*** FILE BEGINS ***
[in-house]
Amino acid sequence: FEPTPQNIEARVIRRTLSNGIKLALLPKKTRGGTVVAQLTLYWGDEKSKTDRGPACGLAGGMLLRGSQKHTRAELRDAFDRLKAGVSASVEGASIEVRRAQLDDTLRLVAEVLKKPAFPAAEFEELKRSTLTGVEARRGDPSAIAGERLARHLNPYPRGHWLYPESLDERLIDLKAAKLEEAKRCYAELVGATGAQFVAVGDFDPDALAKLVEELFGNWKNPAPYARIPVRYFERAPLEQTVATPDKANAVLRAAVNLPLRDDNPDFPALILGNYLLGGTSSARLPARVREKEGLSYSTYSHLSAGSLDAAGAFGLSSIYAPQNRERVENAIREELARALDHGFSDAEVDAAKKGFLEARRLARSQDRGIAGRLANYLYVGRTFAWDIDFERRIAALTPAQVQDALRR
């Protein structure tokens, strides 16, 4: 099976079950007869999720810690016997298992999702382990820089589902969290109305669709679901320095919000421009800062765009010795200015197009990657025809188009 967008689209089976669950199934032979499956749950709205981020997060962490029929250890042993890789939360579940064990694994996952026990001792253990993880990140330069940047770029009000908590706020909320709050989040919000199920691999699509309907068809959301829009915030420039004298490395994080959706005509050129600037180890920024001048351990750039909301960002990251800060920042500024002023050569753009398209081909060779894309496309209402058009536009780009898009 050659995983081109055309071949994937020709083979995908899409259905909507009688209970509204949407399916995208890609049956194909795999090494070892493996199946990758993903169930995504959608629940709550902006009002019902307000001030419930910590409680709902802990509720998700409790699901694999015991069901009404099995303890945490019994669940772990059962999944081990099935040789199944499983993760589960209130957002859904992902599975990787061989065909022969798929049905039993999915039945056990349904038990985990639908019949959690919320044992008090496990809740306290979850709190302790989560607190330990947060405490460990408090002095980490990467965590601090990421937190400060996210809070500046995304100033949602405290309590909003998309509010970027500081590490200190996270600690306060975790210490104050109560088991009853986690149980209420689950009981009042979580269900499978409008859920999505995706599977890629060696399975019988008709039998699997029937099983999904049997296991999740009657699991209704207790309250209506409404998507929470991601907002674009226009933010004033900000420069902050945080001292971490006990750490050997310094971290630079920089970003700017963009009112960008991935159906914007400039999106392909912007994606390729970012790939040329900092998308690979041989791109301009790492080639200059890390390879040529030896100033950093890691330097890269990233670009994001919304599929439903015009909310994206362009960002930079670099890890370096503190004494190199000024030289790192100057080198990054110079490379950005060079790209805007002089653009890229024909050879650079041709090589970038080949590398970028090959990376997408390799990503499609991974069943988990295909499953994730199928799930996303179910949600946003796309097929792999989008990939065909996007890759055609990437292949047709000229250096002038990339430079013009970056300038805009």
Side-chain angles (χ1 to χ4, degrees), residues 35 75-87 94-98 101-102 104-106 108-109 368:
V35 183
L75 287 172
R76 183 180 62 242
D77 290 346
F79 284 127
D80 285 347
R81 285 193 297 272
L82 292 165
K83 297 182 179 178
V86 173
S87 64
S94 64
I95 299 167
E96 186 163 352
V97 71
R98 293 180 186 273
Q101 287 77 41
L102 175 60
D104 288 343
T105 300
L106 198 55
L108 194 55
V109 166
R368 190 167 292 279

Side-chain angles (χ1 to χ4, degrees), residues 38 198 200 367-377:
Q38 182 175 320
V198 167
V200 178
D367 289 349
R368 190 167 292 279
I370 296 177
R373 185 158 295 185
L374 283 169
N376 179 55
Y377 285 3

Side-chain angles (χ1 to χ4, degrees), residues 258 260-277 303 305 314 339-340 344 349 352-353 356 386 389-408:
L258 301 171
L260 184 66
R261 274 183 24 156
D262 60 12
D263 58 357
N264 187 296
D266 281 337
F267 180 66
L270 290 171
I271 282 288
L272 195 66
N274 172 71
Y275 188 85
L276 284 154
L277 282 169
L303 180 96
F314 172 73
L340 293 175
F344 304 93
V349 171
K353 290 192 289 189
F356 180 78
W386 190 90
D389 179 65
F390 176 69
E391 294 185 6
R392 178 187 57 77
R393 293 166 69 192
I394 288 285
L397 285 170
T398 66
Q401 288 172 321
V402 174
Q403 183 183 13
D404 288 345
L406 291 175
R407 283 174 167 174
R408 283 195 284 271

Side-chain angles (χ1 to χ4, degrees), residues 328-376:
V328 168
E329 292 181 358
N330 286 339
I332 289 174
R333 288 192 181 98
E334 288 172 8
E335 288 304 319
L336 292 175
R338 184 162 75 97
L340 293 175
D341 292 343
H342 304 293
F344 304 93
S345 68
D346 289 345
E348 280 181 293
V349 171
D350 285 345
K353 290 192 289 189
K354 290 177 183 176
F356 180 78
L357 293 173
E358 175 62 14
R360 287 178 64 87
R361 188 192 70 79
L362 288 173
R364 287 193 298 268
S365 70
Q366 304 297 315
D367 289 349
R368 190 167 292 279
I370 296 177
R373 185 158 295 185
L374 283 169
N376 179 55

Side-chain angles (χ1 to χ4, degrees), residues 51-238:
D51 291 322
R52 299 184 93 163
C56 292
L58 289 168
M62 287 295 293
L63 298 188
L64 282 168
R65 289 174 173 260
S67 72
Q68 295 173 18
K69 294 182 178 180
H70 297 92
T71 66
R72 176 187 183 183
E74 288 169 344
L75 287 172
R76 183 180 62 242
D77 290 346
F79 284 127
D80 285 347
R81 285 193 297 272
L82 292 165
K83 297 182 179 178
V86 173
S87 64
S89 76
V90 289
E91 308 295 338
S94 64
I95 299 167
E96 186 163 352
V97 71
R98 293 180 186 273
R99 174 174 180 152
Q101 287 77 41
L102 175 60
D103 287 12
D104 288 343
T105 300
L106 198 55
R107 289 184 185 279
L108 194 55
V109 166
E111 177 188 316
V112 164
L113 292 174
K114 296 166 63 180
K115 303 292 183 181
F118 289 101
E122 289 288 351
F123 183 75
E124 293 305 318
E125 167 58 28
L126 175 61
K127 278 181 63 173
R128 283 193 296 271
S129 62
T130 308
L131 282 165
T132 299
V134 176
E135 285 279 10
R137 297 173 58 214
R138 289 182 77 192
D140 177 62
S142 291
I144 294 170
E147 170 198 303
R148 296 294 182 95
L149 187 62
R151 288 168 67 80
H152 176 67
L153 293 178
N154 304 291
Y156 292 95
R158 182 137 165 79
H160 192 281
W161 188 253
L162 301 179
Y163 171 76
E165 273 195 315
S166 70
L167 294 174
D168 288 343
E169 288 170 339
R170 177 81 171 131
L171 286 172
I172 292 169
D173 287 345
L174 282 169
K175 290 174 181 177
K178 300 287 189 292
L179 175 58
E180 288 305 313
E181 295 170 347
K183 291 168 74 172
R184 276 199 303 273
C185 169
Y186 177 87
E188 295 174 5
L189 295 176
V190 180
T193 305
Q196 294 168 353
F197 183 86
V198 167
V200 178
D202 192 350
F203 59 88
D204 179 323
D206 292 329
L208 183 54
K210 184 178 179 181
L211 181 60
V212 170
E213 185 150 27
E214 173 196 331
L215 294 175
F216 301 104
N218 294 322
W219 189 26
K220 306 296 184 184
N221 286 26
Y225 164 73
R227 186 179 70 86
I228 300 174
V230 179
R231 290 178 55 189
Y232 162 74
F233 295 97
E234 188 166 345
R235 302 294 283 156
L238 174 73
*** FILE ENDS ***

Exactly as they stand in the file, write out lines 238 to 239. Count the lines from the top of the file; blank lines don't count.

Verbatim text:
N221 286 26
Y225 164 73